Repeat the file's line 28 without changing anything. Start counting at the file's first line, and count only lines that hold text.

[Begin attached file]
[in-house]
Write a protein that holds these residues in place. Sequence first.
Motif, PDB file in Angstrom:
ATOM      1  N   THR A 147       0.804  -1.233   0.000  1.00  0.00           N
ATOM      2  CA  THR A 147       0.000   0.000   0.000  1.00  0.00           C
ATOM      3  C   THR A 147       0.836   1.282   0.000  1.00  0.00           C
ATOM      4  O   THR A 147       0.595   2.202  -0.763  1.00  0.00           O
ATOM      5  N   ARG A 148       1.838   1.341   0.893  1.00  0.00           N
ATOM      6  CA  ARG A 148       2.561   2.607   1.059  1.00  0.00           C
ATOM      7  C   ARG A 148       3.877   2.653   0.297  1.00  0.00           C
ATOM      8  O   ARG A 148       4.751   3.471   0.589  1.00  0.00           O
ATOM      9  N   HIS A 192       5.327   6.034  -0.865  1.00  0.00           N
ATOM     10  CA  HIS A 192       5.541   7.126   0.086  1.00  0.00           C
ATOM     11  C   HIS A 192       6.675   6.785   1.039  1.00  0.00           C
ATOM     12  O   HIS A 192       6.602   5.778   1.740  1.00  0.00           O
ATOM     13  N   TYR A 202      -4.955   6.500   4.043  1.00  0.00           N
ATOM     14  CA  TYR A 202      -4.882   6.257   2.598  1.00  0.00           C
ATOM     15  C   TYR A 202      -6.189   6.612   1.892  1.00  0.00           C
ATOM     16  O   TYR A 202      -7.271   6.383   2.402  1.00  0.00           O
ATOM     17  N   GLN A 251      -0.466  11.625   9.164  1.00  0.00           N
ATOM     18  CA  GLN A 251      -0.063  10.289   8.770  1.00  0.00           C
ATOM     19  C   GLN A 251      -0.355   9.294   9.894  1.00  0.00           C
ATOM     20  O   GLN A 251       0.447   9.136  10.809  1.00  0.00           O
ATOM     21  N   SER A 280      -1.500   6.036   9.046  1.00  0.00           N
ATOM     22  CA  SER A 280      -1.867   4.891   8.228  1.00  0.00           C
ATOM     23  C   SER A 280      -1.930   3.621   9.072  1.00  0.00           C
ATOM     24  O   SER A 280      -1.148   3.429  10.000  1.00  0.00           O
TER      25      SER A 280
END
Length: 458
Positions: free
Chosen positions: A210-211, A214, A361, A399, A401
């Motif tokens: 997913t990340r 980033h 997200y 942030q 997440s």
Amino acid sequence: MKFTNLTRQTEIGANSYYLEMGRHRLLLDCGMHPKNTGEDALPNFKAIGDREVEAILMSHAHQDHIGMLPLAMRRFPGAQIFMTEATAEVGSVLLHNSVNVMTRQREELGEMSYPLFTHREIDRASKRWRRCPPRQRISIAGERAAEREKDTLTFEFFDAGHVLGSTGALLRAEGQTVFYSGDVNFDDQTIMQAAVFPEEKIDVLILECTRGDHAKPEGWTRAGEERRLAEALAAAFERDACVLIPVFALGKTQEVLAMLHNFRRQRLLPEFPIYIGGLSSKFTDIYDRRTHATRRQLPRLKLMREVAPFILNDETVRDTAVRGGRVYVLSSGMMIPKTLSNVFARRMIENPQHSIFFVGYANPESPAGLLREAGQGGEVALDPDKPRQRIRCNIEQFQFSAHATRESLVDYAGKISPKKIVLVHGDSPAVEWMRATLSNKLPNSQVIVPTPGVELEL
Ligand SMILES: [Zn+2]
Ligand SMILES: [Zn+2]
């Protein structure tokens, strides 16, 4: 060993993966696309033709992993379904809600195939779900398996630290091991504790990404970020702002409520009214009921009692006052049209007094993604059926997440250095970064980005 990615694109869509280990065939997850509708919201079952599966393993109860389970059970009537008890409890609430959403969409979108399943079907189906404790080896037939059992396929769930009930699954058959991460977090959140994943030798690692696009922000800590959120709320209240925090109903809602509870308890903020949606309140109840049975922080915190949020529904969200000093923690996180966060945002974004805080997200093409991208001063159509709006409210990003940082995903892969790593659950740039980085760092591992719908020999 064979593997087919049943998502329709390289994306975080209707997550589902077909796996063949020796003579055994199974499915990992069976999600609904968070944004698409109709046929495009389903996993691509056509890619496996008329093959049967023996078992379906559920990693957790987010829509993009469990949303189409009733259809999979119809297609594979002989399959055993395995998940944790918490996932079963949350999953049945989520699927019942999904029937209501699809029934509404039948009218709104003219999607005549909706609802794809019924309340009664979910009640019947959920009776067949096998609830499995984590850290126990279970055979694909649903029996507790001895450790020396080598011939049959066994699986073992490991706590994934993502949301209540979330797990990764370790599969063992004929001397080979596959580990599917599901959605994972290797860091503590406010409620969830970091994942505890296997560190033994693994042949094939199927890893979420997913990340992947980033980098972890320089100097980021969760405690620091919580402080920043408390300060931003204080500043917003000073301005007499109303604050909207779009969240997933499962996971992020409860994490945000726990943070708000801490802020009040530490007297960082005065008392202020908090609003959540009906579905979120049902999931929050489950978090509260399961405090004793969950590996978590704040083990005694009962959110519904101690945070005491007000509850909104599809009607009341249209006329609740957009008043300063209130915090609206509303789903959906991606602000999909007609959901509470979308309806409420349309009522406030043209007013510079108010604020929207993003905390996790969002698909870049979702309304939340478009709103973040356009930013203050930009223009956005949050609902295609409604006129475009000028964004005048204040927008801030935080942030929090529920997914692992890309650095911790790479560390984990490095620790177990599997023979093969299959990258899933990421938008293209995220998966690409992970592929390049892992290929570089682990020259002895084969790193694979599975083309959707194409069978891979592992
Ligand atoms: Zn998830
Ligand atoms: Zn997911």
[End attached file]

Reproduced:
TER      25      SER A 280